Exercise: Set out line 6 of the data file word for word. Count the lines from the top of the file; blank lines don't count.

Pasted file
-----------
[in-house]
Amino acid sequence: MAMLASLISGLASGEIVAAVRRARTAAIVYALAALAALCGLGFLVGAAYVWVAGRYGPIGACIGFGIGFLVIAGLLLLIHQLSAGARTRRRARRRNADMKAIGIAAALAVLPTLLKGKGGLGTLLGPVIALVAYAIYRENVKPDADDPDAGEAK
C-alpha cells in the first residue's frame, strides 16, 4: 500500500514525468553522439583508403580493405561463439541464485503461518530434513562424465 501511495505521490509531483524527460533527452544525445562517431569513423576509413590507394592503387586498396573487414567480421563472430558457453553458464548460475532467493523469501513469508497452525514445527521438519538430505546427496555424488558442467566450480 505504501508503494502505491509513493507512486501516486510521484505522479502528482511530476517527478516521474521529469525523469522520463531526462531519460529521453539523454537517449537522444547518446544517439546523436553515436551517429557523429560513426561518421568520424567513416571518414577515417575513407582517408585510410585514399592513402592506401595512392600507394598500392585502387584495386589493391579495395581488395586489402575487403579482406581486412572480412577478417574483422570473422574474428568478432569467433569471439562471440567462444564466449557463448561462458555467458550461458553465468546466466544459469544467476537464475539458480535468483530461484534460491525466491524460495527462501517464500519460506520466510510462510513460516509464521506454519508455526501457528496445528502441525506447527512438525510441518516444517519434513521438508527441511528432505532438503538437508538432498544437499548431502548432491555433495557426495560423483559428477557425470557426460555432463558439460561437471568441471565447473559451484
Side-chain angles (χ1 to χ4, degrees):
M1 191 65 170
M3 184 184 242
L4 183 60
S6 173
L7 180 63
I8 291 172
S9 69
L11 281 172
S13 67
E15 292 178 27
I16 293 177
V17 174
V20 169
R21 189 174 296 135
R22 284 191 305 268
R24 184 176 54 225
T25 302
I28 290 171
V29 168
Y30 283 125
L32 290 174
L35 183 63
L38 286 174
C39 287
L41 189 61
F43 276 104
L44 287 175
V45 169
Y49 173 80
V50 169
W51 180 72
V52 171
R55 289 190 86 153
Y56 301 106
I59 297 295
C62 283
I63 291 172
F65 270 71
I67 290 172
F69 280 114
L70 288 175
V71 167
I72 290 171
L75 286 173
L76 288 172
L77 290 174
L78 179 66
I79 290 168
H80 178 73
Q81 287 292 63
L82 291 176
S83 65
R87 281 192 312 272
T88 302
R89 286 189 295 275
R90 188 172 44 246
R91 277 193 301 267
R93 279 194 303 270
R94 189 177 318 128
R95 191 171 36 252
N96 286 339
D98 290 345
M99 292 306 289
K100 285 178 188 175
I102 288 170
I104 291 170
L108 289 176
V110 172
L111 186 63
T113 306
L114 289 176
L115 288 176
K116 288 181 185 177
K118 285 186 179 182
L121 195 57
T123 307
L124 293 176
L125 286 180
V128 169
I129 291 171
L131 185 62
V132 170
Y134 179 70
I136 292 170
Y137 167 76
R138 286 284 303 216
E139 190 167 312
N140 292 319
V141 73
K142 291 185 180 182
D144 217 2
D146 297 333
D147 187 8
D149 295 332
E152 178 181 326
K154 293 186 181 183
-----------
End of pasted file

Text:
M3 184 184 242